More checks? Getting more from your bank or credit union is convenient, but it’s not your only option. You can order personal checks wherever you are.
Some banks charge $ 20 or more per box unless you are a premium account holder. You could save over 50% by buying from a printer or national chain.
While paper checks are becoming less common, they are still often needed to pay rent, for your kids’ activities, or even for a box of Girl Scout cookies. Not all merchants accept credit cards or electronic payments. Americans were still writing some 18 billion checks a year in 2012, according to the Federal Reserve.
Here is a list of what some major banks, check printers, and big box stores charge for ordering personal checks. Prices shown are for basic checking account customers.
Personal Check Order Options
Many consumers reorder checks from their bank simply because they trust the institution. And it’s convenient: you won’t have to enter your checking account number or search for your bank’s routing number.
If you have a premium checking account – the type that usually requires a minimum balance or regular direct deposits – you can get free or cheap top-up checks from your bank. Customers with basic checking accounts might pay a higher price.
Online Printer Checks
Are Online Printer Checks As Good? They have to be if they are to be universally accepted, according to the Check Payment Systems Association, an industry group for check printers. “All reputable check printing companies produce checks in accordance with industry standards to ensure checks will be accepted by banks and merchants,” says Steven Antolick, CPHA Executive Director.
The association recommends that check printers incorporate security features designed to thwart counterfeiters, such as micro-printed letters and nearly invisible security screens. “Many check printers in the United States have been certified by the CPSA to use the padlock icon – the little padlock symbol you see on many checks – and that means the company has incorporated it into the minus a minimum number of safety functions. to protect against alteration and duplication of the check, ”explains Antolick.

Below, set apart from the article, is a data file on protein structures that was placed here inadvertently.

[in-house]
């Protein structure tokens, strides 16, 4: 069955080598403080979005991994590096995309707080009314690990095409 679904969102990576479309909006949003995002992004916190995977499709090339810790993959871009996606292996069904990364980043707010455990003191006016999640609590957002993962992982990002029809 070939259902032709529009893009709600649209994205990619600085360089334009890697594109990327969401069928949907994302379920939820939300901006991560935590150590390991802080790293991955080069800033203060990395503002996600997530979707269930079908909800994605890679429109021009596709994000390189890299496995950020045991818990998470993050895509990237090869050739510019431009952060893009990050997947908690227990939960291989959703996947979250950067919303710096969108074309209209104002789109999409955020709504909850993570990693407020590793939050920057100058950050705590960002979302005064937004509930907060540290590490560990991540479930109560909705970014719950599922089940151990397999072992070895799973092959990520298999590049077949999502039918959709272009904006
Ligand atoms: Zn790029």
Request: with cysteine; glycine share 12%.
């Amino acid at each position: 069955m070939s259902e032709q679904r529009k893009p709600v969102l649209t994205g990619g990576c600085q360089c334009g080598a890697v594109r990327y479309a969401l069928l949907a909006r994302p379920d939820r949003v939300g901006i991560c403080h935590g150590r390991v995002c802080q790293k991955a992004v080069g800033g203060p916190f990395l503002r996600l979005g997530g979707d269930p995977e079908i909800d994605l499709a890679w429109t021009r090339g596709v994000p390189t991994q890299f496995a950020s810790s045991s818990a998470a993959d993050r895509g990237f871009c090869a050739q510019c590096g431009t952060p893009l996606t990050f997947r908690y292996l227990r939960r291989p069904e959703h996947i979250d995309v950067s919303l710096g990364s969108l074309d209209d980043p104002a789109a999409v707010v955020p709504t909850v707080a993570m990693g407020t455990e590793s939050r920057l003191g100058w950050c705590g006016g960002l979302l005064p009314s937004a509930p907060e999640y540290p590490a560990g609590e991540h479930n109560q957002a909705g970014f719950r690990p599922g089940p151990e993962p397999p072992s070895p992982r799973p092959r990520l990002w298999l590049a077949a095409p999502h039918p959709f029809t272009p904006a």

Before ordering checks from an unknown company, look for the CPHA padlock icon on their website. Also verify that the printer is accredited by the Better Business Bureau.
Big box store checks
You can also get inexpensive personal checks at the same big box stores where you get paper towels by case. Costco, Sam’s Club, and Wal-Mart offer inexpensive check printing. The checks are produced by Harland Clarke, who is CPSA certified, whether the checks are sold under the Harland Clarke name or the store’s name, Antolick says. Just like with paper towels, you might end up ordering a large quantity to get the discount.
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How To Get Cheap Personal Checks
To spend the least on top-up checks, follow these strategies.
Ask your bank for the free checks available. Check with your financial institution first – you might get freebies, especially if your account has preferred status. If you only need a check or two in a hurry, ask a check teller at the counter. Banks can provide a few of these emergency checks for free, although some, like Chase, now charge $ 2 for a sheet of three.
Check online for discounts. Why pay retail? If you search for a “promo code for ordering checks” on Google, you can find discount codes for ordering checks on savings websites, such as Coupons.com and RetailMeNot.com.
Choose plain models. To pay the cheapest by check, choose value models such as Safety Blue. Ignore upgrades like duplicate checks or custom photo designs.
Buy en masse. If you order multiple boxes, you will likely get a volume discount.
Ignore add-ons. When ordering checks, you will be asked to enter information such as your bank routing number, checking account number, and other details. As you approach verification, you may be offered additional modules. Items like fraud protection, expedited printing, and trackable shipping will increase your final bill. For the best value for money, refuse all of these extras.
The bottom line
When you run out of checks, it’s often more convenient to order them from your bank, and if you’re a premium customer, you might even get them for free. Alternatively, ordering refill checks from a printer other than your bank can be a money-saving option for consumers; Just make sure you stick with reputable companies. Don’t spend more than you need for the little pieces of paper that allow you to spend your own money.